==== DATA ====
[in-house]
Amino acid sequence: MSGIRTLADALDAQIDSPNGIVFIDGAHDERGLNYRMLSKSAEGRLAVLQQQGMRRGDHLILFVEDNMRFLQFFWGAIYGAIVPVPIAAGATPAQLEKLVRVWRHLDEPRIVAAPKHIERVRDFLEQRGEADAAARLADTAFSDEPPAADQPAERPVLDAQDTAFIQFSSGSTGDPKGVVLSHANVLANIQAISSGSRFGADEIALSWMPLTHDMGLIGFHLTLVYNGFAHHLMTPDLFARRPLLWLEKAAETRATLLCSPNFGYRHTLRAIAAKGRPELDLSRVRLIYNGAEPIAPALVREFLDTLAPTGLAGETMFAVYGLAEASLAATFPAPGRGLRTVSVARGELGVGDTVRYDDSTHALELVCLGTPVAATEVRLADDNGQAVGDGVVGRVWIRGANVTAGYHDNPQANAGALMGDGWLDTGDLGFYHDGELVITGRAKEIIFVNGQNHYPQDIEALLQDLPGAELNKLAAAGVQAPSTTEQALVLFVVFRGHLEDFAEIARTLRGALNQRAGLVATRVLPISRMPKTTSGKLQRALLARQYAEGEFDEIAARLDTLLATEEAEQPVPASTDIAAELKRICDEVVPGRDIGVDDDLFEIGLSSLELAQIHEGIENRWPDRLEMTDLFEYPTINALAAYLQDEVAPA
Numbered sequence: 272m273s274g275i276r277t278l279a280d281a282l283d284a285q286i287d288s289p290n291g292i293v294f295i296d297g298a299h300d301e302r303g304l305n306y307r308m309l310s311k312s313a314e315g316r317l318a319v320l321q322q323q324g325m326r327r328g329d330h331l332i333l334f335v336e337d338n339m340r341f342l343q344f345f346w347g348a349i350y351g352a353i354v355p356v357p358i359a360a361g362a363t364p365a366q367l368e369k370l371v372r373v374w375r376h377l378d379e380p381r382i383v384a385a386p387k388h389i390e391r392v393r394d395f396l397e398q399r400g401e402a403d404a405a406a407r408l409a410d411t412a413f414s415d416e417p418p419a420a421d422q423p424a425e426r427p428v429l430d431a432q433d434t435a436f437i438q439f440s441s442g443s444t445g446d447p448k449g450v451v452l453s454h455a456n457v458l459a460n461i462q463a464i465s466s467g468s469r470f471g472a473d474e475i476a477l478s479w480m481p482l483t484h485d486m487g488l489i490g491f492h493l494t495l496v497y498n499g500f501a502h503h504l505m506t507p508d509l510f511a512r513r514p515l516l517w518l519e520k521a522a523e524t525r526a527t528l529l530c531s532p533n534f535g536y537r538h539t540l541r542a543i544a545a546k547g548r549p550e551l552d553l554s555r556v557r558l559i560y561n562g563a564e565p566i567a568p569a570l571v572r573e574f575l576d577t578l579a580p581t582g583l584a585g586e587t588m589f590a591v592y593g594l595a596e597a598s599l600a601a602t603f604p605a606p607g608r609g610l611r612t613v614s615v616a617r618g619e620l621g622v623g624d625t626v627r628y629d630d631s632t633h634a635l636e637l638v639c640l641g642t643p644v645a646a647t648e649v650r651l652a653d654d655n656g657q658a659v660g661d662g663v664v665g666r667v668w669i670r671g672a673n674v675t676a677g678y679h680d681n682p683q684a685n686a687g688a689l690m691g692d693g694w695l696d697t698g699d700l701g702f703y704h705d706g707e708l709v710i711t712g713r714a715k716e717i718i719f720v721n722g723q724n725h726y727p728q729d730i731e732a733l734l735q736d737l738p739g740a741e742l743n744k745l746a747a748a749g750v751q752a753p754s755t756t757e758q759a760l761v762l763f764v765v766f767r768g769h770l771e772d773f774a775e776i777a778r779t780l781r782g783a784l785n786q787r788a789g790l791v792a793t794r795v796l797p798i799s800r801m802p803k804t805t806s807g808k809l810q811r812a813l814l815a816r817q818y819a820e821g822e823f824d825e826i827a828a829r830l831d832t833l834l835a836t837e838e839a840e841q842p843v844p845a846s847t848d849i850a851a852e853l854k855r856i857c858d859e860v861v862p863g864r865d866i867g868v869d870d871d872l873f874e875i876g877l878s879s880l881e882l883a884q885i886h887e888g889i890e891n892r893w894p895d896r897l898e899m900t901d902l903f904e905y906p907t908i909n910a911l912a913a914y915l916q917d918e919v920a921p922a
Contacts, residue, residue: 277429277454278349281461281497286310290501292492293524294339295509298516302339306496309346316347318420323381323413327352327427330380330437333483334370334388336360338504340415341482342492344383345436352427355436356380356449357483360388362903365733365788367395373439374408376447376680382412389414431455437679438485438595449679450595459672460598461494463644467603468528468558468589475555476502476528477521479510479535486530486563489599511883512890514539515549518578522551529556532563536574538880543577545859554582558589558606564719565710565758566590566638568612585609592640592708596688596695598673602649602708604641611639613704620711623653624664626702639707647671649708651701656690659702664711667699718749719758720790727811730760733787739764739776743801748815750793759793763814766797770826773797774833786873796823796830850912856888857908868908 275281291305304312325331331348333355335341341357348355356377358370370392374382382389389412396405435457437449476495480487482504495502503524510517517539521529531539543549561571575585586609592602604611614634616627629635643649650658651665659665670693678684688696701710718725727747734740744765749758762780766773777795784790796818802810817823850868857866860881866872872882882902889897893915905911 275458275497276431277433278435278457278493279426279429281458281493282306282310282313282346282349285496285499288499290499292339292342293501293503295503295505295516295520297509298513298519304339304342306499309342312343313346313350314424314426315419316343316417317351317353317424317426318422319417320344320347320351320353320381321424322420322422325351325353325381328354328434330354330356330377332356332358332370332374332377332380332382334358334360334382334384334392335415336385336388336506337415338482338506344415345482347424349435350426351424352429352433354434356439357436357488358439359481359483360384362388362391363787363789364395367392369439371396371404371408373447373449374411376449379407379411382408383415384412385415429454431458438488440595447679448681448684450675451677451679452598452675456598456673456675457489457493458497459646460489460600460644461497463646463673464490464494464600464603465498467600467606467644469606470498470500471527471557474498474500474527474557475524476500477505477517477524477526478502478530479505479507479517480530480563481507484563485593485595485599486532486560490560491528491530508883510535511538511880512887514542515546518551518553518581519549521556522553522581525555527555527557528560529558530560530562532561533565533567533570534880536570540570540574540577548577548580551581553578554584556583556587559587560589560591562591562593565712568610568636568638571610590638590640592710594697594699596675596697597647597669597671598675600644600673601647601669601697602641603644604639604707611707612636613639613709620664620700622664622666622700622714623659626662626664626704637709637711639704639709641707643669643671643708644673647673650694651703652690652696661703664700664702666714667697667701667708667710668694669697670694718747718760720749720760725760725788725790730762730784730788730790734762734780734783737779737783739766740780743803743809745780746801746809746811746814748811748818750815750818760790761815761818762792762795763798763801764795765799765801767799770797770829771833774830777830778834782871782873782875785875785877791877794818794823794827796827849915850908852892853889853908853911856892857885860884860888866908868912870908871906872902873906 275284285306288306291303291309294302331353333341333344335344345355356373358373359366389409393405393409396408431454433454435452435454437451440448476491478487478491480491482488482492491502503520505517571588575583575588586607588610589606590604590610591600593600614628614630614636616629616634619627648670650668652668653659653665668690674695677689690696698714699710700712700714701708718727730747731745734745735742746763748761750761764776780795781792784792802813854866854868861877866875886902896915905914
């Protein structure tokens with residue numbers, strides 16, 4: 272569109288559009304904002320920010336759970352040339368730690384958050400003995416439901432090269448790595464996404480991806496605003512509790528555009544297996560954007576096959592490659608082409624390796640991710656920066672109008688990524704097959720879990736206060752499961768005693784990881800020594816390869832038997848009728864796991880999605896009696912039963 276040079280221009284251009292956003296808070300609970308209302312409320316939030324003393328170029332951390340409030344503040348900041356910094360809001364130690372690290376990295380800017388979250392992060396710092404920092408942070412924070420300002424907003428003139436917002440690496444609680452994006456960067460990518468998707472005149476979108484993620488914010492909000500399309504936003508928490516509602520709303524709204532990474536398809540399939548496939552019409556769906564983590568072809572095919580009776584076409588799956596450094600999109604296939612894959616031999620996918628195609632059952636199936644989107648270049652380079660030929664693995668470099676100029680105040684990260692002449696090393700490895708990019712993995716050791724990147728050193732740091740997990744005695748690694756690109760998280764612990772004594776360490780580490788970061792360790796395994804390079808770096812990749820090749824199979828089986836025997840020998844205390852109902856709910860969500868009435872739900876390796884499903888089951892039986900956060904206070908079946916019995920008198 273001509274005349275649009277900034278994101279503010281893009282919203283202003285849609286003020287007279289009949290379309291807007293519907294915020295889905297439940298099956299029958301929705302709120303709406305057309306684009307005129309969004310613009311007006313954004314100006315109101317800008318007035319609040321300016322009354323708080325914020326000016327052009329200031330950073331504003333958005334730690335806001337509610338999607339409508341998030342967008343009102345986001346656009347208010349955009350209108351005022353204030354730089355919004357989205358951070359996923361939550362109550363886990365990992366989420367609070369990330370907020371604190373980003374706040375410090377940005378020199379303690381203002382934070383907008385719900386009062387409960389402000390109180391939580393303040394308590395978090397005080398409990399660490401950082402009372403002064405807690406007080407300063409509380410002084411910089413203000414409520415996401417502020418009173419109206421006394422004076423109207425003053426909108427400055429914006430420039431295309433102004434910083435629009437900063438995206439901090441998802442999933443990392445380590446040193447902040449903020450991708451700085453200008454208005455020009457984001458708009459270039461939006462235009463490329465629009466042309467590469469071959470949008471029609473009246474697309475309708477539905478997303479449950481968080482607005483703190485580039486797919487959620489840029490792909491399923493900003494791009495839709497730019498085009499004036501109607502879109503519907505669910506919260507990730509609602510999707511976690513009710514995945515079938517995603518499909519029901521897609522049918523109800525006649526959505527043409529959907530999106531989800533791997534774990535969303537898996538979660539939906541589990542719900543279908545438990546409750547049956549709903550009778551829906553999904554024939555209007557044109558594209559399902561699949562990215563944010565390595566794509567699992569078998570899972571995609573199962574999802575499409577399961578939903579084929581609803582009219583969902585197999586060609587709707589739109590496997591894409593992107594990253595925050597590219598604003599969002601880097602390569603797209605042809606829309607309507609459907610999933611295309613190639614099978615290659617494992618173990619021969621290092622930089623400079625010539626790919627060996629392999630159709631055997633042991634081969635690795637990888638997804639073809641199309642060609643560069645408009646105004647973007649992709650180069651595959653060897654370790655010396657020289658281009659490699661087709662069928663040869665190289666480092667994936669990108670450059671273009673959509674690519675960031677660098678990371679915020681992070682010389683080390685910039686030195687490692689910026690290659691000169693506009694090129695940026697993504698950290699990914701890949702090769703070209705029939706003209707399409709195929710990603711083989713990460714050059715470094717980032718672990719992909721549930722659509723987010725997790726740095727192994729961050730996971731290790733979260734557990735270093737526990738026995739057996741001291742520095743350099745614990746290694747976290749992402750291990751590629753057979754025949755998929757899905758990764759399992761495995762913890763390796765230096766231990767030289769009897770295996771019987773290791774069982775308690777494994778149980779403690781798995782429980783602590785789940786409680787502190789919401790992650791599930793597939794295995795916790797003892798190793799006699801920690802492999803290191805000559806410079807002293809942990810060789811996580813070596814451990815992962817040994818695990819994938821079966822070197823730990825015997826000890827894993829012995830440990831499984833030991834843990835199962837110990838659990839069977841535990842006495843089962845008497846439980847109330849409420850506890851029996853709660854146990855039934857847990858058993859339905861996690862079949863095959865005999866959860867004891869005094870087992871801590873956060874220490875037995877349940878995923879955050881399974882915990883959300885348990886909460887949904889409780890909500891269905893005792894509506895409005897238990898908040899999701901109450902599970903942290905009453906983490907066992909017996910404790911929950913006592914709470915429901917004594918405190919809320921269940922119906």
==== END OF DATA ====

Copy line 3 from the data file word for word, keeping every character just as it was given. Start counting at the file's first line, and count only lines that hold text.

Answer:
Numbered sequence: 272m273s274g275i276r277t278l279a280d281a282l283d284a285q286i287d288s289p290n291g292i293v294f295i296d297g298a299h300d301e302r303g304l305n306y307r308m309l310s311k312s313a314e315g316r317l318a319v320l321q322q323q324g325m326r327r328g329d330h331l332i333l334f335v336e337d338n339m340r341f342l343q344f345f346w347g348a349i350y351g352a353i354v355p356v357p358i359a360a361g362a363t364p365a366q367l368e369k370l371v372r373v374w375r376h377l378d379e380p381r382i383v384a385a386p387k388h389i390e391r392v393r394d395f396l397e398q399r400g401e402a403d404a405a406a407r408l409a410d411t412a413f414s415d416e417p418p419a420a421d422q423p424a425e426r427p428v429l430d431a432q433d434t435a436f437i438q439f440s441s442g443s444t445g446d447p448k449g450v451v452l453s454h455a456n457v458l459a460n461i462q463a464i465s466s467g468s469r470f471g472a473d474e475i476a477l478s479w480m481p482l483t484h485d486m487g488l489i490g491f492h493l494t495l496v497y498n499g500f501a502h503h504l505m506t507p508d509l510f511a512r513r514p515l516l517w518l519e520k521a522a523e524t525r526a527t528l529l530c531s532p533n534f535g536y537r538h539t540l541r542a543i544a545a546k547g548r549p550e551l552d553l554s555r556v557r558l559i560y561n562g563a564e565p566i567a568p569a570l571v572r573e574f575l576d577t578l579a580p581t582g583l584a585g586e587t588m589f590a591v592y593g594l595a596e597a598s599l600a601a602t603f604p605a606p607g608r609g610l611r612t613v614s615v616a617r618g619e620l621g622v623g624d625t626v627r628y629d630d631s632t633h634a635l636e637l638v639c640l641g642t643p644v645a646a647t648e649v650r651l652a653d654d655n656g657q658a659v660g661d662g663v664v665g666r667v668w669i670r671g672a673n674v675t676a677g678y679h680d681n682p683q684a685n686a687g688a689l690m691g692d693g694w695l696d697t698g699d700l701g702f703y704h705d706g707e708l709v710i711t712g713r714a715k716e717i718i719f720v721n722g723q724n725h726y727p728q729d730i731e732a733l734l735q736d737l738p739g740a741e742l743n744k745l746a747a748a749g750v751q752a753p754s755t756t757e758q759a760l761v762l763f764v765v766f767r768g769h770l771e772d773f774a775e776i777a778r779t780l781r782g783a784l785n786q787r788a789g790l791v792a793t794r795v796l797p798i799s800r801m802p803k804t805t806s807g808k809l810q811r812a813l814l815a816r817q818y819a820e821g822e823f824d825e826i827a828a829r830l831d832t833l834l835a836t837e838e839a840e841q842p843v844p845a846s847t848d849i850a851a852e853l854k855r856i857c858d859e860v861v862p863g864r865d866i867g868v869d870d871d872l873f874e875i876g877l878s879s880l881e882l883a884q885i886h887e888g889i890e891n892r893w894p895d896r897l898e899m900t901d902l903f904e905y906p907t908i909n910a911l912a913a914y915l916q917d918e919v920a921p922a